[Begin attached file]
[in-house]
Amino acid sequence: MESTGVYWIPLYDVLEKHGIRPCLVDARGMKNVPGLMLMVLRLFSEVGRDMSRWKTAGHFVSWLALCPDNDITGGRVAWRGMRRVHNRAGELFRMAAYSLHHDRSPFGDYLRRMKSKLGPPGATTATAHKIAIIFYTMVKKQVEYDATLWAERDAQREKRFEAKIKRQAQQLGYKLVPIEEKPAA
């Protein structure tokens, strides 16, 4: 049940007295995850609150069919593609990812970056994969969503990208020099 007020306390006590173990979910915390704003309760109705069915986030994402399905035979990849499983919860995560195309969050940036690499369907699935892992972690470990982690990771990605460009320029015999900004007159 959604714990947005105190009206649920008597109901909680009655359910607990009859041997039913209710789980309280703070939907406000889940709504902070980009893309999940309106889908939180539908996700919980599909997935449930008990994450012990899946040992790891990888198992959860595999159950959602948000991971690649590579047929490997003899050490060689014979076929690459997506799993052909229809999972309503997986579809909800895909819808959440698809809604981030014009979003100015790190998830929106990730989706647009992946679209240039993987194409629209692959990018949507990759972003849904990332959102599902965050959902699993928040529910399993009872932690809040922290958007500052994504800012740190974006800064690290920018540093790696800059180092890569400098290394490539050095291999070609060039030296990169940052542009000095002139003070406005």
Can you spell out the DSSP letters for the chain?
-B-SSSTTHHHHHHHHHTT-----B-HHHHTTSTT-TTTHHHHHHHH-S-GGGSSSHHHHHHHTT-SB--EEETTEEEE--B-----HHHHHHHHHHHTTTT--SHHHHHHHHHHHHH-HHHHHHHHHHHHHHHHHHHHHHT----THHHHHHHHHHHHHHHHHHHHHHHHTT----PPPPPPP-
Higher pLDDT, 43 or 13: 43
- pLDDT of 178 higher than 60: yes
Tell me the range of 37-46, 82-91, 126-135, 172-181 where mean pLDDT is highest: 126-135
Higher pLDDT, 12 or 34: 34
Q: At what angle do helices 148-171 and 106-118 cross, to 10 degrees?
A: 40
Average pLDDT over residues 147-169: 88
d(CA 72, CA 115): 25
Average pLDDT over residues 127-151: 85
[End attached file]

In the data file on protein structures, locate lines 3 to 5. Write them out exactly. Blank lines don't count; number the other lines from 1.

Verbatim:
């Protein structure tokens, strides 16, 4: 049940007295995850609150069919593609990812970056994969969503990208020099 007020306390006590173990979910915390704003309760109705069915986030994402399905035979990849499983919860995560195309969050940036690499369907699935892992972690470990982690990771990605460009320029015999900004007159 959604714990947005105190009206649920008597109901909680009655359910607990009859041997039913209710789980309280703070939907406000889940709504902070980009893309999940309106889908939180539908996700919980599909997935449930008990994450012990899946040992790891990888198992959860595999159950959602948000991971690649590579047929490997003899050490060689014979076929690459997506799993052909229809999972309503997986579809909800895909819808959440698809809604981030014009979003100015790190998830929106990730989706647009992946679209240039993987194409629209692959990018949507990759972003849904990332959102599902965050959902699993928040529910399993009872932690809040922290958007500052994504800012740190974006800064690290920018540093790696800059180092890569400098290394490539050095291999070609060039030296990169940052542009000095002139003070406005």
Can you spell out the DSSP letters for the chain?
-B-SSSTTHHHHHHHHHTT-----B-HHHHTTSTT-TTTHHHHHHHH-S-GGGSSSHHHHHHHTT-SB--EEETTEEEE--B-----HHHHHHHHHHHTTTT--SHHHHHHHHHHHHH-HHHHHHHHHHHHHHHHHHHHHHT----THHHHHHHHHHHHHHHHHHHHHHHHTT----PPPPPPP-